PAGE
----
I trust that the members of St. Mark’s would agree with that statement. But we should take this observation a step further. There are many things taught in God’s Word. Everything taught in Scripture can be put into one of two categories. Lutherans can recite those two categories in their sleep: law and gospel. The law tells us how God expects us to live, and if we are honest, it shows us just how miserably we have failed to live as God’s people. The gospel tells us how Jesus, the Son of God, came into this world to live obediently on our behalf, and to suffer the law’s punishment on our behalf by his death on the cross. Both law and gospel are in the Word of God, but the law cannot make our faith grow. Telling people what to do does not make faith grow. Only the gospel can make faith grow. Telling people to look to Jesus Christ as their ticket to eternal life fosters faith and trust in human hearts. So when Isaiah says that God’s Word is the tool for real church growth, he really means the gospel message in the Word of God. In Isaiah’s day, the gospel message pointed forward to a Messiah who was to come. In our day, the gospel message points back to Jesus as the Savior who lived, died, and lives again for us.
I have heard some church leaders in various circles say something like this: “I will do anything short of sinning to bring more souls to Christ.” That is a common catch phrase among the church growth movement. And the zeal expressed in that phrase is certainly commendable. But is that what God said? Did God say, “Do anything besides sin?” Was the seed in Jesus’ parable that we heard earlier anything the church does? No, the seed is the Word. The seed is the gospel. And the one and only thing the church can do to reach more souls is to preach Christ.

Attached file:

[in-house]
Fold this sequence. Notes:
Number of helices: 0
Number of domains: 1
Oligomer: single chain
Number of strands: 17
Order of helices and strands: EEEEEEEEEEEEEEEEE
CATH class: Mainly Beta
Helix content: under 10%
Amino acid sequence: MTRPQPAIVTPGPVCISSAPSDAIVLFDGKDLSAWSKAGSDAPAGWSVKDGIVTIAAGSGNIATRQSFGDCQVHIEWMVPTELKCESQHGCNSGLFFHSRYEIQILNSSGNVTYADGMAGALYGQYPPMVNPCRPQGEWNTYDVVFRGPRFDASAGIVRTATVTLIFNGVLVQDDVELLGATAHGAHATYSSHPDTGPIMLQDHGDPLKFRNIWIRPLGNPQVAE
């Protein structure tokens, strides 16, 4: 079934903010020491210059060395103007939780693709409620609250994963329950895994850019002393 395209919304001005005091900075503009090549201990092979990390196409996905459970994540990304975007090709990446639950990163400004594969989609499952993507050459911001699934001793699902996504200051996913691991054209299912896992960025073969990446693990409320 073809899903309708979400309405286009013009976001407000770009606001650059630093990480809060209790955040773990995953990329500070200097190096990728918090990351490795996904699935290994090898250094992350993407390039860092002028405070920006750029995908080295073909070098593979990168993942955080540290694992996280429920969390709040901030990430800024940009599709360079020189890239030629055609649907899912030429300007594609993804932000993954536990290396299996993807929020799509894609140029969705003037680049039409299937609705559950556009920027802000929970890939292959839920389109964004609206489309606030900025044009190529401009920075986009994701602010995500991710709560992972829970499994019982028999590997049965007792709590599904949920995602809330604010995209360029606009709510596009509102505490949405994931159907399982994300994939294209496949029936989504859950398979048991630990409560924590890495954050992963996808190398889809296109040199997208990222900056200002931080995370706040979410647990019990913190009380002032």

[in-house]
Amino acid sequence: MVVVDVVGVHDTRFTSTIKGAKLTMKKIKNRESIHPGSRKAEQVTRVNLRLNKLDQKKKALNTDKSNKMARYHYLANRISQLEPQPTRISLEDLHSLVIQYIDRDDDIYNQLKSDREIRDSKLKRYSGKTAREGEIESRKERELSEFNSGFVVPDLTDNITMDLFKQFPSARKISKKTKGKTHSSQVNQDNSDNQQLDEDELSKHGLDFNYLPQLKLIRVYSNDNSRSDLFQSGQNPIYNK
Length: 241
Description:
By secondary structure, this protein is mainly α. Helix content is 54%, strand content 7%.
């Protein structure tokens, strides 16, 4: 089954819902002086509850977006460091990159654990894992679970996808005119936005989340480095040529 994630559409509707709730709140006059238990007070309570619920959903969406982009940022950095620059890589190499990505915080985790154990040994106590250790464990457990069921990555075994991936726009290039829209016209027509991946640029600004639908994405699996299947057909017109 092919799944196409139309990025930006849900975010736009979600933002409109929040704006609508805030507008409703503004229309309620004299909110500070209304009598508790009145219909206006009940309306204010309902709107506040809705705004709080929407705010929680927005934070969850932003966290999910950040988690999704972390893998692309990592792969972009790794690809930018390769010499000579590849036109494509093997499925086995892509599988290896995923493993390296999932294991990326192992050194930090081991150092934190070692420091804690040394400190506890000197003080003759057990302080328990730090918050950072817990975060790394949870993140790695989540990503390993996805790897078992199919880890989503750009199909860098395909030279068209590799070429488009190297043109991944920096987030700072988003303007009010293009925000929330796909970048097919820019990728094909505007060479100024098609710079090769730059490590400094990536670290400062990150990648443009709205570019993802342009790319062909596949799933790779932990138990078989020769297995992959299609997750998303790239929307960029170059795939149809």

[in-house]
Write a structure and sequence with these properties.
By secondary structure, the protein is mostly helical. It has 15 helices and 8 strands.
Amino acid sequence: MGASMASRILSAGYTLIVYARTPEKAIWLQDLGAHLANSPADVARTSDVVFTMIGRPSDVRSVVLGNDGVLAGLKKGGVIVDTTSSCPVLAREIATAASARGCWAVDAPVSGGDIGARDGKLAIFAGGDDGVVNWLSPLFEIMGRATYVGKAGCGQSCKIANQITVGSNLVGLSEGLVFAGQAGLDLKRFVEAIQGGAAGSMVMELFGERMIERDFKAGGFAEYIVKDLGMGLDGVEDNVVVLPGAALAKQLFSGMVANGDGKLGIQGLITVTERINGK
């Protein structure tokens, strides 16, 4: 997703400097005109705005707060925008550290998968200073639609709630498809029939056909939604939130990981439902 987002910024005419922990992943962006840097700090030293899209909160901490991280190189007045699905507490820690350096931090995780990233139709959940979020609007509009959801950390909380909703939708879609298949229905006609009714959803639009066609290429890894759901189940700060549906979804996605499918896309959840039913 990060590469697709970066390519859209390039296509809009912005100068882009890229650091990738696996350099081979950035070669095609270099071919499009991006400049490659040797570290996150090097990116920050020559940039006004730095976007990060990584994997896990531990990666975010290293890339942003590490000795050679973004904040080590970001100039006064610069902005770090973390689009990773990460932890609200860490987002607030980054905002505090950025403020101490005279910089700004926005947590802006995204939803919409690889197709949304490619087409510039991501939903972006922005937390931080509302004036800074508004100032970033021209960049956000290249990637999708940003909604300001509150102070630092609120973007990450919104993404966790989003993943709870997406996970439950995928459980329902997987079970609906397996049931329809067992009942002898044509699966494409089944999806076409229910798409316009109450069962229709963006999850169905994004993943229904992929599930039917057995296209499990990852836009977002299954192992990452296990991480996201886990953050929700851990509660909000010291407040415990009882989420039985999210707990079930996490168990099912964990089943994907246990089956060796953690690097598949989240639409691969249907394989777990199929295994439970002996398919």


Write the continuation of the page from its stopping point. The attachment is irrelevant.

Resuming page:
Perhaps you identified what was wrong with that phrase. But it’s not just church growth advocates who speak that way. We can fall into this way of thinking too. When you invite others to church, what is the number one reason you give for checking out St. Mark’s? “You’re going to love the facilities!” “We have a warm and friendly congregation!” “Our pastors are the best preachers around!” All of these things are good, of course. We don’t want to come up with sinful excuses for not putting our best foot forward. But none of these things are the Word of God. None of them are the gospel.
The church building cannot bring people into the Holy Christian Church. I hope that friendly people will present the gospel, but they are not the gospel. We hope that pastors are good preachers, but the preacher was not crucified for you. And yet there is at least a little part of us that is convinced that the key to church growth is something external, something beyond the simple Word of God. But if you replace God’s Word with some other tool to get the job done, you will turn off the only water spicket and shut off the one spiritual water supply that can quench thirsty souls in danger of wasting away in the parched wasteland of hell.
The Word of God—and specifically the gospel—is God’s tool for church growth. The Word of God is where you will come into contact with the grace and forgiveness of Christ. And along with the Word, we should also acknowledge the sacraments. There is a reason why theologians past and present have called the sacraments, “the visible Word.” The very same grace and forgiveness that comes to us in God’s Word is to be tapped in Baptism and Communion. This is how God presents his grace and forgiveness to you. This is how he hydrates your thirst soul right now! This is how God calls, gathers, enlightens, and sanctifies the whole Christian Church on earth and keeps it with Jesus Christ in the one true faith.
Theologians from the past and present have noted that it seems like God has designed life on earth to reflect spiritual realities. Let me give you one example. If you time working outside yesterday, either here during our work day or at home in your yard, you probably felt dirty and sweaty after you were finished. So you take a shower to get clean. Water cleans your body. Baptism is the spiritual parallel. The words of Jesus combine with the waters of baptism to clean your soul—not from dirt, but from sin.